Over the past few days, Lennar has been forced to play defense against accusations of unethical business practices that seemed to have sparked a sharp sell-off of its stock last Friday and this morning.

The Miami-based builder’s share price fell by 19.9 percent on Friday, a day when an “unprecedented” 58 million of its shares changed hands. That stock price was down another 7.3 percent as of noon today. The cause for this investor panic appears to be damaging allegations about, among other things, Lennar’s joint-venture accounting, its building materials purchases, and a $5 million loan that its COO, Jon Jaffe, negotiated in 2007.

Leveling those charges against the builder is Fraud Discovery Institute (FDI), a San Diego-based organization that specializes in investigating financial fraud. Its cofounder, Barry Minkow, knows something about this, having served seven years in prison for defrauding investors in a carpet-cleaning company, ZZZ Best Co., he took public. His sentence included $26 million in investor restitution. Since his incarceration, Minkow has become something of a crusader against corporate fraud.

Lennar, which is typically restrained in its public statements about its business, has felt compelled to vigorously deny FDI’s assertions about its practices.

Lennar CEO Stuart Miller appeared on CNBC last Friday to defend his company against what Lennar calls “false and inflammatory” allegations in a press release distributed Friday. And this morning, Lennar issued a detailed statement—including corroborating financial data—in response to FDI’s allegations. The company says that Minkow is actually fronting for a client, Nicholas Marsch III, who has sued Lennar over past real estate deals. At least two housing analysts—Ivy Zelman of Zelman & Associates and Michael Rehaut of JPMorgan Chase—have stated their belief that FDI’s accusations are unfounded.

On its Web site, FDI raised “10 red flags” about allegedly fraudulent activities by Lennar, the most serious of which accuses the builder of a “Ponzi scheme” of moving the assets of other joint ventures into LandSource, a land-buying company it formed in 2003 with the California Public Employees Retirement System (CalPERS). CalPERS subsequently brought in one of its investment vehicles, MW Housing Partners, an arrangement which netted Lennar close to $700 million. LandSource went bankrupt last year, costing CalPERS $1.2 billion.

In its statement, Lennar refers to LandSource—in which it has a 16.2 percent interest—as an “arm’s length transaction.” More to the point, the builder says that it has never siphoned cash from one joint venture to another, doesn’t use an investment from one JV to collateralize the debt of another, and doesn’t commingle different JV assets. Lennar has been reducing its JV exposure over the past year; as of Nov. 30, 2008, it was invested in 116 unconsolidated entities versus 214 such ventures at the same time a year ago.

And, in his comments about this controversy, analyst Rehaut notes that neither CalPERS nor MW Housing Partners has accused Lennar of fraud since LandSource went bankrupt last June.

Lennar also denies FDI’s allegations that the builder took $37.5 million in funds contributed by a Marsch-controlled developer, Briarwood Capital, for a housing and golf course project called The Bridges, and directed it to a Lennar subsidiary without getting Marsch’s written permission. The builder adds that a lawsuit Marsch filed against the company over another project in San Diego was dismissed last November.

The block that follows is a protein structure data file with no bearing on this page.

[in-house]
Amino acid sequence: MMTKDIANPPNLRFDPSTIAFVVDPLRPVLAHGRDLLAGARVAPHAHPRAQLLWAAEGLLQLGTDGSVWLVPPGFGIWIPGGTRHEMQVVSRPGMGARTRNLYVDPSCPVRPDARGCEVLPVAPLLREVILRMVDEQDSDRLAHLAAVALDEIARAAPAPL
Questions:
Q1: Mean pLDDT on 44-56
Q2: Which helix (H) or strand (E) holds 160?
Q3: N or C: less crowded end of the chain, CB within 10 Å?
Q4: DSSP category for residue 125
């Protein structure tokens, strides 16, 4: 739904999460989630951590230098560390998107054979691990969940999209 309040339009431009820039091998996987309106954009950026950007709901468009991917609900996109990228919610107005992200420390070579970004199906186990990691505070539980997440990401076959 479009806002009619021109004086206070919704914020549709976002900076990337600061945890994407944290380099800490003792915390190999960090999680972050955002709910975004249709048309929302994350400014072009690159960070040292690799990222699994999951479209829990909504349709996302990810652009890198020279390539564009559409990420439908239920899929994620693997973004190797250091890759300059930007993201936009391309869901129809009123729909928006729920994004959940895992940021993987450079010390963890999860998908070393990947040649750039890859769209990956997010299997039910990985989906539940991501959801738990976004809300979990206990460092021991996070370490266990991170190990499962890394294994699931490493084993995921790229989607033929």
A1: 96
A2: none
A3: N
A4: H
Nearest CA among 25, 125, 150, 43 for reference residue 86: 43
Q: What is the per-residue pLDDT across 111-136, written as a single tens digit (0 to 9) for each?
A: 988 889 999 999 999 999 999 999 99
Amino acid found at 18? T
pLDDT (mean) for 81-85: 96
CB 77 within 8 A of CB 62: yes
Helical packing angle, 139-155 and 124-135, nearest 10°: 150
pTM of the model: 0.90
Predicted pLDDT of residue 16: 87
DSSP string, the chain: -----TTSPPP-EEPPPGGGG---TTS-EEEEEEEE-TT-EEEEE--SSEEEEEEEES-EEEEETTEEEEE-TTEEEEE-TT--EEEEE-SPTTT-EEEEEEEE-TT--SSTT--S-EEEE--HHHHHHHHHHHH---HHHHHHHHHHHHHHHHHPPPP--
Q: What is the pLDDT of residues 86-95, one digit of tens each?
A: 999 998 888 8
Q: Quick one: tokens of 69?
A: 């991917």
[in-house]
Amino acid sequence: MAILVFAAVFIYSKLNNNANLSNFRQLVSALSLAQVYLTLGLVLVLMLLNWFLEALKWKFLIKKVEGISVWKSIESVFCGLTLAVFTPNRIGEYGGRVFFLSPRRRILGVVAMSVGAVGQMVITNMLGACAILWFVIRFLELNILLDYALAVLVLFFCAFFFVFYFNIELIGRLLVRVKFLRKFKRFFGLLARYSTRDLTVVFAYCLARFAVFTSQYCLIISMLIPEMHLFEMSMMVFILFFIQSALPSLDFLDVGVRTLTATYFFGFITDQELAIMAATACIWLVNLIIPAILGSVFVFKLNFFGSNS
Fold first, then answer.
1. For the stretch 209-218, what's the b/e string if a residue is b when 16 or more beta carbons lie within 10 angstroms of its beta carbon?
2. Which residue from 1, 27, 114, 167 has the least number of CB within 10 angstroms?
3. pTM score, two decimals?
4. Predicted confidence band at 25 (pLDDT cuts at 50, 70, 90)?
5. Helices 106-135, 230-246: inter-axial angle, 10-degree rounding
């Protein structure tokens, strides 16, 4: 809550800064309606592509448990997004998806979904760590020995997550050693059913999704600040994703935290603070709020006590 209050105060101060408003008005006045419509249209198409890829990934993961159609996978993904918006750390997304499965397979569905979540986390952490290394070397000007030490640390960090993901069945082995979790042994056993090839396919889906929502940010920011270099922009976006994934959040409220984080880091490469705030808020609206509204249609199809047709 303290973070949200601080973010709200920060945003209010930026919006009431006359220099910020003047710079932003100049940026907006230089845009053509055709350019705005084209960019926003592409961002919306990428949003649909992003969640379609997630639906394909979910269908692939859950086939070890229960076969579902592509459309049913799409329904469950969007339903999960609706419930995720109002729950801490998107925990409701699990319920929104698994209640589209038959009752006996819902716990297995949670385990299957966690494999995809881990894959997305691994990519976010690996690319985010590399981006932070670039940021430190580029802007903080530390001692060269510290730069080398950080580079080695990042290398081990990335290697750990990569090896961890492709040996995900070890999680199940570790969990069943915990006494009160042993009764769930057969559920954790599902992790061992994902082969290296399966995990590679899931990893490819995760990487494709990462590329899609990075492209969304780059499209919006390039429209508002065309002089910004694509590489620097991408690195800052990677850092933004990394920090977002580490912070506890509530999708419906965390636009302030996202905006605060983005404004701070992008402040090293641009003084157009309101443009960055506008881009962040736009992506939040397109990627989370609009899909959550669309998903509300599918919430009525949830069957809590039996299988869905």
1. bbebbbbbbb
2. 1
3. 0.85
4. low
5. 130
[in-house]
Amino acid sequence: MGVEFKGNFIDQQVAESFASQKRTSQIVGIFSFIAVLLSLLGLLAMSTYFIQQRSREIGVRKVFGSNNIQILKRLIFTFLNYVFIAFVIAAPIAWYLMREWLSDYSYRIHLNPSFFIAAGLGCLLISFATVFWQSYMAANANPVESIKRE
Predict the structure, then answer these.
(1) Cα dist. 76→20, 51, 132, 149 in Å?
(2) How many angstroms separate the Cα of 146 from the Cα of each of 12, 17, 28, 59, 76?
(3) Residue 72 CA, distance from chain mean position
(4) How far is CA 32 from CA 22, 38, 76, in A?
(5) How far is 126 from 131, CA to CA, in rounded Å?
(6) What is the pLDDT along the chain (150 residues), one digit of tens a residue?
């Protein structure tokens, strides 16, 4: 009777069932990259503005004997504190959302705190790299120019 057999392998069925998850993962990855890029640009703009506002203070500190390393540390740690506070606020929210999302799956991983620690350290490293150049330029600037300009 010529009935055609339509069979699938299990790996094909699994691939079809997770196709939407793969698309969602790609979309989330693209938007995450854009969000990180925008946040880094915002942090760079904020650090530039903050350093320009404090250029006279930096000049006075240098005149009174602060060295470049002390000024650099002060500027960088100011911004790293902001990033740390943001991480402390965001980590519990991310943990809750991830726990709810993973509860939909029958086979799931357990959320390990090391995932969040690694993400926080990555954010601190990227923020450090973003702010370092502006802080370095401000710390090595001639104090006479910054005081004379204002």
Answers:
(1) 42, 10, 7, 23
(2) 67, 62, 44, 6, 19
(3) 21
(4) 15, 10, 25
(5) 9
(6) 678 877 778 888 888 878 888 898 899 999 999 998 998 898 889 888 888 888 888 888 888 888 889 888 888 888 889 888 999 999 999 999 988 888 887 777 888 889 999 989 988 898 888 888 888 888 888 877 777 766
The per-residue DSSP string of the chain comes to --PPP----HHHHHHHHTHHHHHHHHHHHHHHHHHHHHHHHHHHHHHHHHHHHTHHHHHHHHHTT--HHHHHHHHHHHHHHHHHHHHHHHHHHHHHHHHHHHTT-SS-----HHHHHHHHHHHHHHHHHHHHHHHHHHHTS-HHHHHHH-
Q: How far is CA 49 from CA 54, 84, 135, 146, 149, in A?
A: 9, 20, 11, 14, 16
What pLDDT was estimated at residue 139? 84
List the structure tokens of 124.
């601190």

FDI also posed questions about the propriety of a $5 million loan that Lennar’s COO, Jon Jaffe, received from Robert Venneri, a loan broker. That loan is collateralized by Jaffe’s house in Laguna Beach, Calif., which already had two mortgages totaling $5.1 million.

FDI suggests—in what can only be described as a convoluted way—that this loan to Jaffe may have been “a disguised payment for services." (Venneri owns a company, Gulfstream Finance, which has a lending relationship with Bruce Elieff, the CEO of developer SunCal, to which Lennar owes $22 million.)

Without making any specific connections, FDI alleges that Lennar and SunCal have an “undisclosed relationship” on a joint venture in Kern County, Calif., (on which Venneri is said to have profited through his real estate company Canyon Capital) and have failed to disclose “Mr. Jaffe’s relationship with Mr. Venneri and Mr. Venneri’s relationship with Mr. Elieff.”

In its statement, Lennar retorts that Jaffe was referred to Venneri by Jaffe’s personal attorney; that Lennar and SunCal have never been joint venture partners with SunCal on any properties in Kern County; and that there is “no connection” between Jaffe’s loan—which he used to purchase Lennar stock—and the properties that Canyon Capital acquired, developed, and sold in Kern County.

Finally, FDI also accuses Lennar of receiving discounts from suppliers of Chinese drywall that, as the Wall Street Journal reports, is causing builders headaches because of an unpleasant odor it emits from sulfur gases that may also be eroding coils and wiring inside of the walls. Lennar states that it has never received a discount to use Chinese drywall as a substitute for domestically manufactured products. It also claims that it has been “working diligently” with homeowners to resolve any product defect complaints.

John Caulfield is senior editor at BUILDER.

Learn more about markets featured in this article: San Diego, CA.